This post was written in honor of National Women Inventors’ Month, which takes place in February, by Hera Hub member Barbara Murphy. Barbara is an attorney specializing in intellectual property law.

February is National Women Inventor’s Month!  The good news is that there are lots of accomplished women who deserve to be recognized for their technological achievements.  From Grace Hopper (former Rear Admiral of the U.S. Navy) who invented the first computer compiler¹, to the actress Hedy LaMarr – one of two inventors on the patent for channel switching (the basis for the technology upon which Qualcomm was founded) to Margaret Knight, who invented everything from dress shields to a rotary engine, women can take credit for a wide array of technological innovations.   

More good news: the fraction of engineering degrees awarded to women increased every year between 2009 and 2014 and that trend is expected to continue.  The relatively recent emphasis on girls pursuing STEM related degrees should help perpetuate that trend – resulting in more women engineers and more women inventors.  In addition, statistics show that twice as many patents were granted to female inventors in 2010 vs. 1990.  Together, these factors suggest that women are on the right track, moving closer to equal footing with men when it comes to creating patentable innovations.  

Unfortunately, the news isn’t as rosy as many of the popular statistics would suggest.   The number of patents issued in 2010 was more than twice that in 1990.  So women actually lost ground in terms of inventorship during that period.  And the number of women receiving STEM degrees other than engineering (like math, biology and chemistry) has seen a decline in recent years².   To add to the somewhat discouraging news, some studies suggest that the patents granted to women are less likely to become part of commercialized products.  

So how do we figure out if women inventors are gaining ground?  Measuring the strides that women inventors are making in terms of their representation on U.S. patents should be straightforward, but unfortunately the U.S. Patent and Trademark Office does not collect gender data on patent applicants.  According to the National Women’s Business Council, the data that we have about the number of female patent applicants was compiled by evaluating incoming patent applications and deciding whether the first names of the applicants were more likely to belong to men or women.  Not a terribly scientific method.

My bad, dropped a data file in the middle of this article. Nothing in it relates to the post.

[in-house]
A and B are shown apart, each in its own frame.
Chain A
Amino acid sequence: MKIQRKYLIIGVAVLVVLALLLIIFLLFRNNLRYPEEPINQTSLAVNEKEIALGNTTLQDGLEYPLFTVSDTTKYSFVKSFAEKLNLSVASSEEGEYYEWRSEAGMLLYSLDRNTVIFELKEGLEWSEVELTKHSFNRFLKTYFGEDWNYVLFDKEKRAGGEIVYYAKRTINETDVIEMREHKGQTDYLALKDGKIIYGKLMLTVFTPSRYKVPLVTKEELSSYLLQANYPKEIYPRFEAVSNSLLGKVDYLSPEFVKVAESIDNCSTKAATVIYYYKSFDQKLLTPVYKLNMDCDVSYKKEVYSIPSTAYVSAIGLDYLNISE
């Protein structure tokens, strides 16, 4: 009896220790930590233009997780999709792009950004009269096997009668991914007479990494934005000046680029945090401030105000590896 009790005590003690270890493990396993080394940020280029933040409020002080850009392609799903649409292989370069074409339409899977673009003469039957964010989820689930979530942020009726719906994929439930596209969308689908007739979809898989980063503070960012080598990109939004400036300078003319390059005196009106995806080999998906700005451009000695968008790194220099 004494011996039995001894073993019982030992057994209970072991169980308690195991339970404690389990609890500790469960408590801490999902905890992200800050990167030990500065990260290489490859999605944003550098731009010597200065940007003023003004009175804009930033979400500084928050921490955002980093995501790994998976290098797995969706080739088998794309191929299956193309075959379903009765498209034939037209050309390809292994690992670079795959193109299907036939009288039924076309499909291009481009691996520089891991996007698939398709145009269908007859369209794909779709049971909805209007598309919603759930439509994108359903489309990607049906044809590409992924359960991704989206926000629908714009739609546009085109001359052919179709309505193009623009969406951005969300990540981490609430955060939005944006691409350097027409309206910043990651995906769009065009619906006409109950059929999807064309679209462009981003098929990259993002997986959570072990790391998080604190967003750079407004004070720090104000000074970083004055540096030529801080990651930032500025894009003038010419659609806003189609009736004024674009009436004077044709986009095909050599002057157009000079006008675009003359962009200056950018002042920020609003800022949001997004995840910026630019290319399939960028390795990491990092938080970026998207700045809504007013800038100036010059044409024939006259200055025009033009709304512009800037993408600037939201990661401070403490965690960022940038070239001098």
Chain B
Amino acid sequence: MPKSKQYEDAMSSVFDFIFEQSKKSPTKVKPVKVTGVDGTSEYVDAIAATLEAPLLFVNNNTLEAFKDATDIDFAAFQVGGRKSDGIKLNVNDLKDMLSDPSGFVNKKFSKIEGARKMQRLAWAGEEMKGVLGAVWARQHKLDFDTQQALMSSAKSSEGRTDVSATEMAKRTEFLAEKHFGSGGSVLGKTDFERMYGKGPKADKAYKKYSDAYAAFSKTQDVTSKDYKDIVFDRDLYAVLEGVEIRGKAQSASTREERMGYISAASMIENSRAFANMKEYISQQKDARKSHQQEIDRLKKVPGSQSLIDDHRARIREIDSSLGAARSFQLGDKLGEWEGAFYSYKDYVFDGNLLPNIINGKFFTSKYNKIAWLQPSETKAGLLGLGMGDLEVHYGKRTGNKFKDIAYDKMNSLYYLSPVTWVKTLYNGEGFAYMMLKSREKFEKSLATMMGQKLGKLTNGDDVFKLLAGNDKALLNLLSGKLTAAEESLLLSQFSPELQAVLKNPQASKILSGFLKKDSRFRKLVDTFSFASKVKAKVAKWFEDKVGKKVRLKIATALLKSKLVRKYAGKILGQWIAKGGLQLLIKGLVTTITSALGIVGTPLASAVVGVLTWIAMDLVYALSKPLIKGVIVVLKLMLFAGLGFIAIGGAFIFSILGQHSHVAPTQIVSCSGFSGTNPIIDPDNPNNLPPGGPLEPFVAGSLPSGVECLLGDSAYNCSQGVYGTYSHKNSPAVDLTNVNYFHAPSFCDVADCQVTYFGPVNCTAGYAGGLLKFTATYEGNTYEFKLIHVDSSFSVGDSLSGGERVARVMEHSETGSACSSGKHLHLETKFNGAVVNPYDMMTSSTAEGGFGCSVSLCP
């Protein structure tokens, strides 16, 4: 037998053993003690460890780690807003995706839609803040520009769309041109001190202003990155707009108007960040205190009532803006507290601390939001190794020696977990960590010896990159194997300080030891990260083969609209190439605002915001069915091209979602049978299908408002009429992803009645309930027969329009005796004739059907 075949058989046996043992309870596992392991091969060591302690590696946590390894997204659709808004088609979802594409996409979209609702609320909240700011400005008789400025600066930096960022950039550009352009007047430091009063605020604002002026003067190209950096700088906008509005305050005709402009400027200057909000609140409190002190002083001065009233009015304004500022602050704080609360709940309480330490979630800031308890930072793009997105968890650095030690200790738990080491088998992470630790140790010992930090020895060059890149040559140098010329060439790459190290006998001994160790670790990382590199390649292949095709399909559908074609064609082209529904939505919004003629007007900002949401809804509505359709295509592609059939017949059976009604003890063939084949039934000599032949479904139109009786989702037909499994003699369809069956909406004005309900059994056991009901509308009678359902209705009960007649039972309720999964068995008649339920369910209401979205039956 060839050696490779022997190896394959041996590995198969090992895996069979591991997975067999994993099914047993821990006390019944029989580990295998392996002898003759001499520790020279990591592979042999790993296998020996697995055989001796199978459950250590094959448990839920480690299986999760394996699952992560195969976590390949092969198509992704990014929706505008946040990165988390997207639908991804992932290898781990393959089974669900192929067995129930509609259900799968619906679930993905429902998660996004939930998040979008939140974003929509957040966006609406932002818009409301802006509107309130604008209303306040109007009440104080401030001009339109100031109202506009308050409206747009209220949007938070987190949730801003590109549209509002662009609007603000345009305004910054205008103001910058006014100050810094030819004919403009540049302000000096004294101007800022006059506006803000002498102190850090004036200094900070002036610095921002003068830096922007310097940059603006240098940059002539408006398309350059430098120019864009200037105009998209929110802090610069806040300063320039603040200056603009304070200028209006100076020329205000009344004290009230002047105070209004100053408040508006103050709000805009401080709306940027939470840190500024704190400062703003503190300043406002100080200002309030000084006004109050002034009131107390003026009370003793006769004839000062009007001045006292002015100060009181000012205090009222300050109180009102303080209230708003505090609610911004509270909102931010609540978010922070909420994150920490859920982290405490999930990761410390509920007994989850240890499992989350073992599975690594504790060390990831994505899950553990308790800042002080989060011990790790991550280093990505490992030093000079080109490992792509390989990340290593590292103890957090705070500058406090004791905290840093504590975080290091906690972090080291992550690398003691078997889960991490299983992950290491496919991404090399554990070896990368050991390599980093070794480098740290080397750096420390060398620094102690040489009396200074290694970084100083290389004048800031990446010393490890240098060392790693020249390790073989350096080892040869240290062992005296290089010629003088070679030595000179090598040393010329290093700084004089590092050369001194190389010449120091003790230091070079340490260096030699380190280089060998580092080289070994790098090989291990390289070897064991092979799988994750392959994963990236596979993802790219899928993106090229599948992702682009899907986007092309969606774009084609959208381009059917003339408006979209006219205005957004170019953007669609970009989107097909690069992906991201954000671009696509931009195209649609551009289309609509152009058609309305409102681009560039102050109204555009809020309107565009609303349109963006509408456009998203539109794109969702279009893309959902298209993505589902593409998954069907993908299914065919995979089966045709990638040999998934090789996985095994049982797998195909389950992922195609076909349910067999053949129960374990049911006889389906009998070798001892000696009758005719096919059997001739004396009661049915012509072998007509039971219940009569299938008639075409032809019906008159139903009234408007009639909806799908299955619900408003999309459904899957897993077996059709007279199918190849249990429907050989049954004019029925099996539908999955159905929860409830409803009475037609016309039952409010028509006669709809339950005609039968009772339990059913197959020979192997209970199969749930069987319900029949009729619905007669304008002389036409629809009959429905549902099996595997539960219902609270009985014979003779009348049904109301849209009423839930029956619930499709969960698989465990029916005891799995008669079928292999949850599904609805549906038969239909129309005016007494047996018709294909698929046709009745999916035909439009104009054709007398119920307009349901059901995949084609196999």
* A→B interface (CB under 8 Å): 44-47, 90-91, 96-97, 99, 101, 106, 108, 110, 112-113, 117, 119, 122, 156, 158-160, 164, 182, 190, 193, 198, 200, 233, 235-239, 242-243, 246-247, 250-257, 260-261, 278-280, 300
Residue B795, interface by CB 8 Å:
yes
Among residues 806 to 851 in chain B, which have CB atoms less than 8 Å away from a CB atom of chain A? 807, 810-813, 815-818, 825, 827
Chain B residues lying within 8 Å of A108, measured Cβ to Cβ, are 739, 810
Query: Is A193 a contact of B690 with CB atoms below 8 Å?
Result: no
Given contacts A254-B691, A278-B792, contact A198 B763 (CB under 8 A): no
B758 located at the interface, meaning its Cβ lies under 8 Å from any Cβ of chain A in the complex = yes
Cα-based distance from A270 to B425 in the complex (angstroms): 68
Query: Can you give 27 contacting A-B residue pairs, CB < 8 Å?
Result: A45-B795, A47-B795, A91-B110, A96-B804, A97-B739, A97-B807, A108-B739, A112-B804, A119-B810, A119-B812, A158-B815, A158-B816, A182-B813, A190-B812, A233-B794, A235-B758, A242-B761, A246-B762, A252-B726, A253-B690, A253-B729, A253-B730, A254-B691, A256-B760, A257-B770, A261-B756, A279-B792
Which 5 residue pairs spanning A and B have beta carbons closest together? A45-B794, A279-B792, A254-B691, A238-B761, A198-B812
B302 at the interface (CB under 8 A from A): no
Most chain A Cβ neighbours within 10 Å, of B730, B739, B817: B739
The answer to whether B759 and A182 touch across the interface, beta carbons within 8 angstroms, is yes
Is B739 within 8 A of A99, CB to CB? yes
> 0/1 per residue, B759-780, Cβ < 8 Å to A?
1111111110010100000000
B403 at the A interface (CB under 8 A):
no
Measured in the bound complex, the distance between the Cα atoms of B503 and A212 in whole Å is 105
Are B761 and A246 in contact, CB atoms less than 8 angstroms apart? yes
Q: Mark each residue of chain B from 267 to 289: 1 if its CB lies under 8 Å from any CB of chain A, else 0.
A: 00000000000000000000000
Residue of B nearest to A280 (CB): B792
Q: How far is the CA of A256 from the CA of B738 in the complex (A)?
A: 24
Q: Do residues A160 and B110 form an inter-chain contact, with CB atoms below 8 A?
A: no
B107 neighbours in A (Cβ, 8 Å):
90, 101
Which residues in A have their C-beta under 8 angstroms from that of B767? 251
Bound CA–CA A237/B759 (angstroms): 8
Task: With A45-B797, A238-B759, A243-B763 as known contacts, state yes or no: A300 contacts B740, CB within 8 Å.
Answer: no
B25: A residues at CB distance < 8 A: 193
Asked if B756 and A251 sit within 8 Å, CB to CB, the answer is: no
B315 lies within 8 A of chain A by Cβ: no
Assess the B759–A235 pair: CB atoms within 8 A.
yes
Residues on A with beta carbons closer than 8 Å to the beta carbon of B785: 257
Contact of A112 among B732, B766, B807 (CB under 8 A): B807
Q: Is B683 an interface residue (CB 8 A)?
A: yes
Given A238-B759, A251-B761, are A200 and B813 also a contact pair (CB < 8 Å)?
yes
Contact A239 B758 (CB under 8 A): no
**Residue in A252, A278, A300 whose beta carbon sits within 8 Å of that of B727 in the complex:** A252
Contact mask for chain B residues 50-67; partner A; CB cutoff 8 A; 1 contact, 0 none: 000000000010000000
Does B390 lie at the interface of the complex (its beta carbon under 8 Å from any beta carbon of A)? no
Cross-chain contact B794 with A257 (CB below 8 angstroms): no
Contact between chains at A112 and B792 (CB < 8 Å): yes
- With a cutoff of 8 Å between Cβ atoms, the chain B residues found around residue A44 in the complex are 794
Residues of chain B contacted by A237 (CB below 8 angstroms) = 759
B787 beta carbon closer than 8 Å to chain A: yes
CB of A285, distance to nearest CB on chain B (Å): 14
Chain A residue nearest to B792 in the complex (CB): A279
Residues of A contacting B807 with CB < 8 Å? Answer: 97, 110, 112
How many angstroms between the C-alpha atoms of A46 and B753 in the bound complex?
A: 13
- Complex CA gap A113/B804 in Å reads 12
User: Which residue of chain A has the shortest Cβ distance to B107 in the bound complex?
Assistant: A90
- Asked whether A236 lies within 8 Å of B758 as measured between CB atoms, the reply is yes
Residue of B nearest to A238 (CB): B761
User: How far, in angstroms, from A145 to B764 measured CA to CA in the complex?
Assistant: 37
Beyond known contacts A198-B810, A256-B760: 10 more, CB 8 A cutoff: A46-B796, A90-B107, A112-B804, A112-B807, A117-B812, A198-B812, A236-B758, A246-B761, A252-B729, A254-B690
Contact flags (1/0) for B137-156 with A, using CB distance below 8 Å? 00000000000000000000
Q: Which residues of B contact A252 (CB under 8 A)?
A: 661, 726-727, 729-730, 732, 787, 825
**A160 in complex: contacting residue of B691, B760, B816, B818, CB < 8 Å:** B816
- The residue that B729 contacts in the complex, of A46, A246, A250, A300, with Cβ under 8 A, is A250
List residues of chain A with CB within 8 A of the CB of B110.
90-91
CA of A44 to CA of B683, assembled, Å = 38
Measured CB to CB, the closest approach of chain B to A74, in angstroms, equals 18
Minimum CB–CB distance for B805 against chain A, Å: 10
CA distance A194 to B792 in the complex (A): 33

If we want to keep track of the progress women are making in terms of technological innovation we need not only to collect information about the identity of patent applicants (gender data, ethnicity, education, and more) but we need to use that data to design programs that will support underrepresented groups and help them develop and protect their inventions.   

Regardless of where women stand now in terms recognition for their innovations, the path forward is clear.  Women, as individuals, need to recognize the value of a STEM centered education.  They need to take credit for their innovations and have the confidence to pursue rights in their inventions.  With luck, National Women Inventors Month will remind girls, and women, the power of their creativity and enormous potential of their innovative capacity.  

¹A compiler translates a computer programming language, such as Python, into the machine readable language recognized by a computer.


Barbara Murphy Murphy IP Law

About the author: Barbara Murphy is a partner at Murphy Intellectual Property Law. Her practice focuses on helping San Diego start-ups protect their inventions, brands and creative works. They help budget conscious clients invest wisely in protecting their intellectual property (patents, trademarks and copyrights) while avoiding taking actions that might infringe the IP rights of others. Connect with Barbara on Twitter @MurphyIPLaw